That was pretty brave of your mom.

Yeah! And she’s very supportive now. I just thought it was a great little stunt, so I would have no clue what it was.

So did you take lessons at that point as well?

I did. I took lessons at my school, but the teacher was a touring musician. So I got one lesson every like four months. I’ve been pretty much self-taught from when I was a kid. It’s got its advantages and disadvantages, because sometimes you can get into a playing rut where you just play the same thing, something that you’re comfortable with. Whereas you’ve always gotta keep yourself challenged and learn new things from everyone.

Who are you guitar-playing idols?

I guess Jimmy Page, Jimi Hendrix and Slash. They’re my all-time guitar heroes.

You have a bit of technical knowledge of guitar gear. Can you talk a little bit about that?

Yeah! Well, I actually ended up, my first year out of high school, I ended up working in a guitar shop just to earn a bit of extra cash, and we had some of the best guitar techs in Australia working in there. So they used to show me some of the stuff out the back, the workshop, what they were doing to $10,000 guitars, and how careful they had to be. It was such an amazing experience.

We had all these amps and countless guitars in there. So it was a natural instinct to plug in as many as you can and see what they sound like, and experiment with everything.

What are you playing now? What’s your rig like?

Right now I’ve got a Marshall JCM 800 from 1984 and that’s with my Gibson Flying V. I’m actually having some pedal epiphanies right now, which I’m still working out. I’m going back to the drawing board, back to analog and still messing around with everything at the moment.

Have you found any pedals that are particularly appealing?M

I’ve got an MXR analog delay, and now I’m sort of making due with a Boss Blues Driver, but I’m going around with my band, and I’m on a pedal hunt. If anyone has any amazing pedals, then yeah let me know. It’s a whole new world, just limitless capabilities so I have to choose wisely.

So you’re touring now. Who else is playing with you? You can’t play everything yourself when you’re on the road, right?

No, unfortunately I don’t have eight arms and legs. I’ve got Chris Price on the bass, Keith Robert on the guitar and Matt Starr on drums. And they’re all great, great guys, fantastic musicians. You know, when you have to sit in a van with someone for countless hours, we all get along really well and that shows on stage. It’s been great playing with them.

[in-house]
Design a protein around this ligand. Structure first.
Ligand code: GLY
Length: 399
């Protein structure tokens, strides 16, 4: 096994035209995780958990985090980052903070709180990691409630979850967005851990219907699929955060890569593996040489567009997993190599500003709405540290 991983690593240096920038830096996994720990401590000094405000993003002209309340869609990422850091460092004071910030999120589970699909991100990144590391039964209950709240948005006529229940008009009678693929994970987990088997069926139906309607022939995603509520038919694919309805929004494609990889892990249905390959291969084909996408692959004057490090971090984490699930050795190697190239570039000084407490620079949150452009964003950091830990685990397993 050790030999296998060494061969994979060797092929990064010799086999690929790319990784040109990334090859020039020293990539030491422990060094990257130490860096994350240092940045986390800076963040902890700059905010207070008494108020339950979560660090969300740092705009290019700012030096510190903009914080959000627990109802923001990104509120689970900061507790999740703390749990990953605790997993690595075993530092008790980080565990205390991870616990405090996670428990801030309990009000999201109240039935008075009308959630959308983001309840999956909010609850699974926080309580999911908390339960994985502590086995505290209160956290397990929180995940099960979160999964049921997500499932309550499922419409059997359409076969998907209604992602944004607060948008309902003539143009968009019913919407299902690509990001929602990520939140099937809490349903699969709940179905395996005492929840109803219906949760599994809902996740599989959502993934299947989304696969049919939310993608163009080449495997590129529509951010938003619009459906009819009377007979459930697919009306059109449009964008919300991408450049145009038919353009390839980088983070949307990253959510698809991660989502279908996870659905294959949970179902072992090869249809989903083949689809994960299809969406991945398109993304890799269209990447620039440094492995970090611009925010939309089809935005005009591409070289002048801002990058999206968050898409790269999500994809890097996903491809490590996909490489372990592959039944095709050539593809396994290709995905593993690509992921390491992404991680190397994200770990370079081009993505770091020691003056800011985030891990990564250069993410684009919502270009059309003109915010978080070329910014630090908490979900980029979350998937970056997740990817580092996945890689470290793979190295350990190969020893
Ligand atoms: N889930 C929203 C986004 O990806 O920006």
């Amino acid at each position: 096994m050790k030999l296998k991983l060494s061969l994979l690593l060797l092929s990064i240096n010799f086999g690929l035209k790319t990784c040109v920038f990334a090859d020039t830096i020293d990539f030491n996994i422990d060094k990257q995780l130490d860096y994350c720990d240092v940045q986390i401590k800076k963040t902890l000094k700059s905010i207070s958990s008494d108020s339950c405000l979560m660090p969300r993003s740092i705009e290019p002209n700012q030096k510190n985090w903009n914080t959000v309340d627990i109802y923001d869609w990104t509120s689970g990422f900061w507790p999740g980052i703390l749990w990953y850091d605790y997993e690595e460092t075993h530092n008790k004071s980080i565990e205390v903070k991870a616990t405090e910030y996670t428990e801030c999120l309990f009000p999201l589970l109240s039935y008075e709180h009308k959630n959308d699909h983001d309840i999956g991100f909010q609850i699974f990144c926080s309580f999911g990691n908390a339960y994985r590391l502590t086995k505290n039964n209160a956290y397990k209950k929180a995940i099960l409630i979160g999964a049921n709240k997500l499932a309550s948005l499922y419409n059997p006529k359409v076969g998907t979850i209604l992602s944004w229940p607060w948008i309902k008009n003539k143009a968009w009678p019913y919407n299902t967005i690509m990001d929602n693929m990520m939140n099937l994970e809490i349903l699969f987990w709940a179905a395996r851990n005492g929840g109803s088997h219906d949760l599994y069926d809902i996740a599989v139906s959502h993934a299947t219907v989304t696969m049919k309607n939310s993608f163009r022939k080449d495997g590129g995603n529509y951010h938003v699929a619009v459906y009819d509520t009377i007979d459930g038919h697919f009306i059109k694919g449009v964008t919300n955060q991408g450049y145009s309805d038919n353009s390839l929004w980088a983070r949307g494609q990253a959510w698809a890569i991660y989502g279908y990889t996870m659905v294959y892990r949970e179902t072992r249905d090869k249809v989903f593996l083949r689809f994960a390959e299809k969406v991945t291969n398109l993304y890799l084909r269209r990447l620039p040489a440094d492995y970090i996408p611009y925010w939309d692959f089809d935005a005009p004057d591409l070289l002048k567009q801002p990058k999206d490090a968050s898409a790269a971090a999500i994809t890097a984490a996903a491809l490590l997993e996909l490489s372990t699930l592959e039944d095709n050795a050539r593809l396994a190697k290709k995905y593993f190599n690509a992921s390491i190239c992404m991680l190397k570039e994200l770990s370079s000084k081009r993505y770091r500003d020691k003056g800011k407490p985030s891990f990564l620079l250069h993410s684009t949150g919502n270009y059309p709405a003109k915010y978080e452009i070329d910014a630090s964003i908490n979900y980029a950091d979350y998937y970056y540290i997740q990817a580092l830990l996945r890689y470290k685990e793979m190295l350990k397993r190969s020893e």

Sometimes it’s just fun to not have to play everything yourself, too.

Yeah, exactly. I love to learn something new from everyone. You know, someone comes in and plays something and puts a different flavor or spin on it. It’s good. I’m not some instrument hog, “No! I’m gonna play this part!” It’s the best person for the job.

I have a burning question I’ve wanted to ask you. Americans think Australians are really big partiers. Would you concur?

Oh, I can concur until the cows come home! Haha! Yeah, we certainly like to party. But that being said, Australian pop culture has been conducive to writing great rock and roll. You look at bands like AC/DC, Jet, Wolf Mother, INXS, you know? When you tour, you can’t really party. It’s a big myth, you basically just have to play the show and get out of there, because you have to be at the next place on time. But yeah, when I was back in Australia it was a good party, rockin’ time.

What’s next for you?

We’re touring through the Midwest in early June until about the 18th, and then we’re playing the East Coast in July and August so we could be coming through a town near you.

Find out more at laurawilde.com.

Check out the official video for the Sold my Soul title track:

And here’s some live footage of Wilde and the band performing “Nothing Back”:

Laura B. Whitmore is a singer/songwriter based in the San Francisco bay area. A veteran music industry marketer, she has spent over two decades doing marketing, PR and artist relations for several guitar-related brands including Marshall and VOX. Her company, Mad Sun Marketing, represents 65amps, Dean Markley, Agile Partners, Guitar World and many more. Laura was instrumental in the launch of the Guitar World Lick of the Day app. She is the co-producer of the Women's Music Summit and the lead singer for the rock band, Summer Music Project. More at mad-sun.com.